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Given. The straight line AB and the point C in A B.
Required. To draw from the point Ca straight line at right angles to AB. Construction.
(a) In A C take any point D.
(b) From CB cut off a part CE equal to CD. (Euc. I. 3.)
(c) On DE describe the equilateral triangle DFE. (Euc. I. 1.)
(d) Join FC.
The straight line FC drawn from the given
point C, shall be at right angles to the given straight line A B.
If FC be at right angles to A B, we must prove that angle F C D is equal to angle FCE.
Proof (with Syllogisms in full).
DC equals CE (by Construction b);
add to each CF
(e) Then by Axiom 2a, DC, CF are equal to EC, CF, each to each.
If two triangles have two sides of the one equal to two sides of the other, and the base of the one equal to the base of the other; those sides shall contain equal angles (Euc. I. 8).
The two triangles FCD, FCE have the two sides D C, CF equal to the two sides E C, CF (e), each to each, and they have the base D equal to the base E F (by construction (c), FDC being an equilateral triangle).
(f) ... the angle DC F is equal to the angle ECF.
When a straight line, standing on another straight line, makes the adjacent angles equal, each of the angles is called a right angle (Euc. Def. 10).
The straight line FC standing on the straight line AB makes the angle D C F equal to the adjacent angle E CF. (f).
... Each of the angles D C F, É C F is called a right angle.
Result.-Wherefore from the given point C, a line CF has been drawn at right angles to AB.
EXERCISES.-I. Write out this proof in contracted
II. At the point N in the given straight line NO draw a straight line at right angles to NO (produce NO towards N).
III. At the point N in the straight line given in (II), draw a straight line double the length of NO at right angles to NO. (Produce NO both ways; make the produced parts each equal to NO; draw a line at right angles from N; describe a circle with N as centre and radius twice NO; produce line at right angles to NO till it meets the circle.)
PROBLEM (Euclid I. 12).
Repeat. The definition of a circle, and of a right angle and the enunciation of Euc. I. 8 (page 46). General Enunciation.
To draw a straight line perpendicular to a given straight line from a given point without it.
Given. The straight line
A B and the point C.
Required. To draw from C a A line perpendicular to A B.
Take any point D on the side of AB remote from C.
At the centre C and distance CD describe the circle FD G, cutting A Bin FG. (The whole circle is not shown in the figure, only the part needed.)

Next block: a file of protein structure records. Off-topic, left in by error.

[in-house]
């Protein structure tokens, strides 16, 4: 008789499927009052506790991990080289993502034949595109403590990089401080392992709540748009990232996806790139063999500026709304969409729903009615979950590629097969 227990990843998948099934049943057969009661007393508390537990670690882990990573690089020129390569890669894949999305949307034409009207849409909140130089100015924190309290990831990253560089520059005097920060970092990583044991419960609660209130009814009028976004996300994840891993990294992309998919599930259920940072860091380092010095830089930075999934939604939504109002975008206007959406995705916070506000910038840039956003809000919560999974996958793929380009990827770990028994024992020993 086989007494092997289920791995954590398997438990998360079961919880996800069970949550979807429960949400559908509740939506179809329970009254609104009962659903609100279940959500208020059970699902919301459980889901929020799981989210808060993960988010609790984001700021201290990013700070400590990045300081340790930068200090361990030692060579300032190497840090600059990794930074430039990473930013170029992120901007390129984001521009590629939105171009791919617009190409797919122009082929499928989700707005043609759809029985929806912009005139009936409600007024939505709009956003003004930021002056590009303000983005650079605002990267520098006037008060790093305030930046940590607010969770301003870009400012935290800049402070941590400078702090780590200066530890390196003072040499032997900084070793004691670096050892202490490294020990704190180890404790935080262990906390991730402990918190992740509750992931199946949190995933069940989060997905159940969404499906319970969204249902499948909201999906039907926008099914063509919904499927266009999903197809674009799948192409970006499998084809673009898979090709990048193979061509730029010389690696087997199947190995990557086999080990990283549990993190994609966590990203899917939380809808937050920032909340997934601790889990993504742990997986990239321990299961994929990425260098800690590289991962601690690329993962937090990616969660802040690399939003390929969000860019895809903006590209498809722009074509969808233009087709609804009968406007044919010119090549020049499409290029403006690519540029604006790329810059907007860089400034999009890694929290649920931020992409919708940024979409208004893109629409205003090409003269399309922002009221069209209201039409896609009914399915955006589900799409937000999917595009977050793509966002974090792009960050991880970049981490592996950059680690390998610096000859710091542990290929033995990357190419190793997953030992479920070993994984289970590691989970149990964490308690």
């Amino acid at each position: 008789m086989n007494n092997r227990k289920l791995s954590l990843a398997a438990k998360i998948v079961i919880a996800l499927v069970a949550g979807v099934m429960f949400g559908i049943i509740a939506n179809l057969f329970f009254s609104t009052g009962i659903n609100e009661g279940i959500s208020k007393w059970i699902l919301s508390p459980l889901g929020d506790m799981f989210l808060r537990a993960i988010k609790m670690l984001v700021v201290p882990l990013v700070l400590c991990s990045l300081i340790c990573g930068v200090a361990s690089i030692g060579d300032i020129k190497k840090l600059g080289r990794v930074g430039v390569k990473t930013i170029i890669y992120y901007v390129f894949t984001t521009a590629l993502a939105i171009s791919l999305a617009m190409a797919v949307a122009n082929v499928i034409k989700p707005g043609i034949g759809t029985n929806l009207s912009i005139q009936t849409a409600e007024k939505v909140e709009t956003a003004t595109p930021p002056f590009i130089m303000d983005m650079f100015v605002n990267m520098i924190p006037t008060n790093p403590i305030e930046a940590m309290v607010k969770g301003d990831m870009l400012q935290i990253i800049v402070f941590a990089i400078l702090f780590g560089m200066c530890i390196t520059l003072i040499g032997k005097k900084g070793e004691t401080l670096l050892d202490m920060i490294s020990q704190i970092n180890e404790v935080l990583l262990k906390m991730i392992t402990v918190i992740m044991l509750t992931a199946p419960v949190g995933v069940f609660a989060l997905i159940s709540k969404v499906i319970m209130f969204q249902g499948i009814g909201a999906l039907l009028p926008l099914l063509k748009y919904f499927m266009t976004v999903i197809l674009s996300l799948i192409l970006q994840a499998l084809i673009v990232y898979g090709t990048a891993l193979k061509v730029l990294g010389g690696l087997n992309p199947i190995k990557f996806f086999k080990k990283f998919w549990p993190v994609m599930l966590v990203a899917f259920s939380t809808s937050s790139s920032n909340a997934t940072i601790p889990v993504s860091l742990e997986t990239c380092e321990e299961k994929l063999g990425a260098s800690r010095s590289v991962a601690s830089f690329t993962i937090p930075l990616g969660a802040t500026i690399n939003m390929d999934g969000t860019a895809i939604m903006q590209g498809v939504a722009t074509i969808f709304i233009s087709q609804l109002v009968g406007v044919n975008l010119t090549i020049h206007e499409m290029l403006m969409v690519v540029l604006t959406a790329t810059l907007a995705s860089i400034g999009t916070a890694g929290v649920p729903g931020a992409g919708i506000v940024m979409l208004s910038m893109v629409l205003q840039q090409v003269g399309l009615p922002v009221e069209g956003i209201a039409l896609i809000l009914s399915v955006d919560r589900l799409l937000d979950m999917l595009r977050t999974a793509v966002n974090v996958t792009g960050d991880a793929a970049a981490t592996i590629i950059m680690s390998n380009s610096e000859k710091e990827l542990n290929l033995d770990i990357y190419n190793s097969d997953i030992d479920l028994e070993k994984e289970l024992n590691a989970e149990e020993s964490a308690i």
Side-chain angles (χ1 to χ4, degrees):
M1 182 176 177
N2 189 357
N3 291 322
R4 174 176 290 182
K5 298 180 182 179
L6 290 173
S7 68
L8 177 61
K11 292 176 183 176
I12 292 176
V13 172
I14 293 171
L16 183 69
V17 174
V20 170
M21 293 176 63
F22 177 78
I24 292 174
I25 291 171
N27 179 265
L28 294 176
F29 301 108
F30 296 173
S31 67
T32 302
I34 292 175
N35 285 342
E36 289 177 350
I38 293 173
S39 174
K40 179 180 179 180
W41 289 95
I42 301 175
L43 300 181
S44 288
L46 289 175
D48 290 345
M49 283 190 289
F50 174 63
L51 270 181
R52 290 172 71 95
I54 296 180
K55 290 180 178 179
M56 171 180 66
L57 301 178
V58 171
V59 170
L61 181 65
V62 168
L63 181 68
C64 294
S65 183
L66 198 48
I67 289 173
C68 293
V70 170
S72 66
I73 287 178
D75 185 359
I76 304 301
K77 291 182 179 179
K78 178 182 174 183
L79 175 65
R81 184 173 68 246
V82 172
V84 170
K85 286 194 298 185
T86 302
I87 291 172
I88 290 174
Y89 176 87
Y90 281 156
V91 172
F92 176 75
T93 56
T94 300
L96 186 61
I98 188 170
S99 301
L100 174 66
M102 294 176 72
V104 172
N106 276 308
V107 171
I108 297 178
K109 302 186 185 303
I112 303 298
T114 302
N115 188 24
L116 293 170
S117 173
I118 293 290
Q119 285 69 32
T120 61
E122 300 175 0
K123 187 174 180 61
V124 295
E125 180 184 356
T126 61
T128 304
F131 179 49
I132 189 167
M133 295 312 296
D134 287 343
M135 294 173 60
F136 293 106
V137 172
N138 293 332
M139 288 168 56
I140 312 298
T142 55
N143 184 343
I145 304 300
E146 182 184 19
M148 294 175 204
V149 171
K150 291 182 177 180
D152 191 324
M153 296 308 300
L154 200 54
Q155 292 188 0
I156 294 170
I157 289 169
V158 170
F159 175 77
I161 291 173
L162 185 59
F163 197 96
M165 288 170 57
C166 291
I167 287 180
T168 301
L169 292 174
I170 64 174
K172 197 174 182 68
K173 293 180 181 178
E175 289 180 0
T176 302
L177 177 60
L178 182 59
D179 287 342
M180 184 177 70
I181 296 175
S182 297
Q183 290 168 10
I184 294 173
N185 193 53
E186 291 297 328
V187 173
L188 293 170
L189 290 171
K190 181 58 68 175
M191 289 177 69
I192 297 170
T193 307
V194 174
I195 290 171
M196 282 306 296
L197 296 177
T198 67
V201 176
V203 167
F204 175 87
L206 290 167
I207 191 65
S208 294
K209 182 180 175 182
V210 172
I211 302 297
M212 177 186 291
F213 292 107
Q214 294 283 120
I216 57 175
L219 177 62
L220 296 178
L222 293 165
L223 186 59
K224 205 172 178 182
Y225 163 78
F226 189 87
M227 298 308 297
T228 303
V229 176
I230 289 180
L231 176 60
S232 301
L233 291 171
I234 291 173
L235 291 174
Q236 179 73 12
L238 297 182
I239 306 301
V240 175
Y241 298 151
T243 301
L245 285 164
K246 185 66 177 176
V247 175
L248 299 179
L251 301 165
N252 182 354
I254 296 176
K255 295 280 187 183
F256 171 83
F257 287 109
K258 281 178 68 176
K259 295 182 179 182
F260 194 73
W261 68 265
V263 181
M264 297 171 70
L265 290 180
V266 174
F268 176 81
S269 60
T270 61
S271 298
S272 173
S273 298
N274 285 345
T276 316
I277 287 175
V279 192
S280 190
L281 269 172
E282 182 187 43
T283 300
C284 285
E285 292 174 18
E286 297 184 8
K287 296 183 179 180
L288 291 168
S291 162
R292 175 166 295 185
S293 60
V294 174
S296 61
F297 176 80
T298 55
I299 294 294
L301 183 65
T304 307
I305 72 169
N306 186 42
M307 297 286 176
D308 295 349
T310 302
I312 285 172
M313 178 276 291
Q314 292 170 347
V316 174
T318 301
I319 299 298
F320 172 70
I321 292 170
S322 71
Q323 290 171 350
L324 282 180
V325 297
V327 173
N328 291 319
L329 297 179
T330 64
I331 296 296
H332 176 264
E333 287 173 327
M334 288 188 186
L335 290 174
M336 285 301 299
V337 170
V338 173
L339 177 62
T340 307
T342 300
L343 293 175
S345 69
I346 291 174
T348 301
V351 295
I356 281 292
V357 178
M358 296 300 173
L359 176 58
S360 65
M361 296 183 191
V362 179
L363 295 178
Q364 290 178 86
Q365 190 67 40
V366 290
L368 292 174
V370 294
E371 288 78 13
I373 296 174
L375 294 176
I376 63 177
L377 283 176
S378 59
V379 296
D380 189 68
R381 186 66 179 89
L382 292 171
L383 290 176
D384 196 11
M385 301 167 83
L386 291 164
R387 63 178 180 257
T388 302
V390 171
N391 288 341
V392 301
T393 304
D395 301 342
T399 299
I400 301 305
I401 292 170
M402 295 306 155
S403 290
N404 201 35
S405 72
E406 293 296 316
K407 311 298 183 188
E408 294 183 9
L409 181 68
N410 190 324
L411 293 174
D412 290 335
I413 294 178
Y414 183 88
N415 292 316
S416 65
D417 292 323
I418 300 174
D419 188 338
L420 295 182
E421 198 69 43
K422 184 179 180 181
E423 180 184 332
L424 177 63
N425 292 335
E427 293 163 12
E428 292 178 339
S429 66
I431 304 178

(a) Bisect FG (Euc. I. 10 shows how), and call the point of bisection H.
The straight line CH drawn from the given
point C' is perpendicular to the given straight line A B.
If CH is perpendicular to A B, the angle CHF will be equal to the angle CHG.
Then we must prove that angle CHF is equal to angle C HG.
Proof (with syllogisms in full).
Additional construction required for the purposes or proof. Join CF, CG.
All lines drawn from the centre of a circle to the circumference are equal. (Definition of a circle.) CF and CG are drawn from the centre C to the circumference FDG.
(b) ... C F is equal to C G.
FH is equal to HG (by Construction a).
(c) ... FH, H C are equal to G H, H C, each to each.
If two triangles have two sides of the one equal to two sides of the other, each to each, and have also the base of one triangle, equal to the base of the other, then those sides shall contain equal angles. (Euc. I. 8.)
The two triangles CFH, CGH have the two sides FH, HC equal to the two sides GH, FC (c), and the base CF equal to the base CHF (b).
(d) .. The angle CHF is equal to the angle CH G.
When a straight line standing on another straight line makes the adjacent angles equal to one another, the straight line which stands on the other is called a perpendicular to it (definition).
CH, standing on AB, makes the angle CHF equal to the adjacent angle CHG (d).
... CH is perpendicular to A B.
Result. Wherefore a perpendicular CH has been drawn to the given line AB from the given point C.
Q. E. F.
EXERCISES.-I. Write out the proof of this proposition, omitting the major premiss of each syllogism, and giving the definition or proposition of Euclid referred to as the authority for the minor premiss. [Thus the first syllogism will read: Because C F and CG are drawn from the centre C to the circumference FDG... CF is equal to CG. (Euc. Def. of circle.)].